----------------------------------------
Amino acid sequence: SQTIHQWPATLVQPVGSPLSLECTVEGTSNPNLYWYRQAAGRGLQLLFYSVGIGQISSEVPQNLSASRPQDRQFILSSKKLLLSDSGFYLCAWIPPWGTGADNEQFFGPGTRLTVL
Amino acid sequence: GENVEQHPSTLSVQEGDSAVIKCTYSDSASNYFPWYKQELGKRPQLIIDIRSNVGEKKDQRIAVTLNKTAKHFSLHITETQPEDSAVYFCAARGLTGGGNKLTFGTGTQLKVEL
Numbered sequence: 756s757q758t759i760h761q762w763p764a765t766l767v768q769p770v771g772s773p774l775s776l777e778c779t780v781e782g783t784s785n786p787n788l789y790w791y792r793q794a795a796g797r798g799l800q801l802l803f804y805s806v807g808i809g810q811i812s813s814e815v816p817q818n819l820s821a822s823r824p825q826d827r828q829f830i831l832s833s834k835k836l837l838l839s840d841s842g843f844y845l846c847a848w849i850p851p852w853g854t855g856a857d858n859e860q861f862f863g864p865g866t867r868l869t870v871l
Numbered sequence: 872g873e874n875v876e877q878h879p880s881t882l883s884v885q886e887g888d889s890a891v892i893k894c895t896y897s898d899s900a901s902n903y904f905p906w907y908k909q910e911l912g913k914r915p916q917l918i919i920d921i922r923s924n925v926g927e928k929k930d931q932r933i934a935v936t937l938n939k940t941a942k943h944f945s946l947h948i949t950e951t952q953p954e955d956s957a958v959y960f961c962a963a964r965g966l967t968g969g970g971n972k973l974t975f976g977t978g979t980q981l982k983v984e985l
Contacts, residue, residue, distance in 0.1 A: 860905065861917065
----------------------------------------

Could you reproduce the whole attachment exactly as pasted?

Amino acid sequence: SQTIHQWPATLVQPVGSPLSLECTVEGTSNPNLYWYRQAAGRGLQLLFYSVGIGQISSEVPQNLSASRPQDRQFILSSKKLLLSDSGFYLCAWIPPWGTGADNEQFFGPGTRLTVL
Amino acid sequence: GENVEQHPSTLSVQEGDSAVIKCTYSDSASNYFPWYKQELGKRPQLIIDIRSNVGEKKDQRIAVTLNKTAKHFSLHITETQPEDSAVYFCAARGLTGGGNKLTFGTGTQLKVEL
Numbered sequence: 756s757q758t759i760h761q762w763p764a765t766l767v768q769p770v771g772s773p774l775s776l777e778c779t780v781e782g783t784s785n786p787n788l789y790w791y792r793q794a795a796g797r798g799l800q801l802l803f804y805s806v807g808i809g810q811i812s813s814e815v816p817q818n819l820s821a822s823r824p825q826d827r828q829f830i831l832s833s834k835k836l837l838l839s840d841s842g843f844y845l846c847a848w849i850p851p852w853g854t855g856a857d858n859e860q861f862f863g864p865g866t867r868l869t870v871l
Numbered sequence: 872g873e874n875v876e877q878h879p880s881t882l883s884v885q886e887g888d889s890a891v892i893k894c895t896y897s898d899s900a901s902n903y904f905p906w907y908k909q910e911l912g913k914r915p916q917l918i919i920d921i922r923s924n925v926g927e928k929k930d931q932r933i934a935v936t937l938n939k940t941a942k943h944f945s946l947h948i949t950e951t952q953p954e955d956s957a958v959y960f961c962a963a964r965g966l967t968g969g970g971n972k973l974t975f976g977t978g979t980q981l982k983v984e985l
Contacts, residue, residue, distance in 0.1 A: 860905065861917065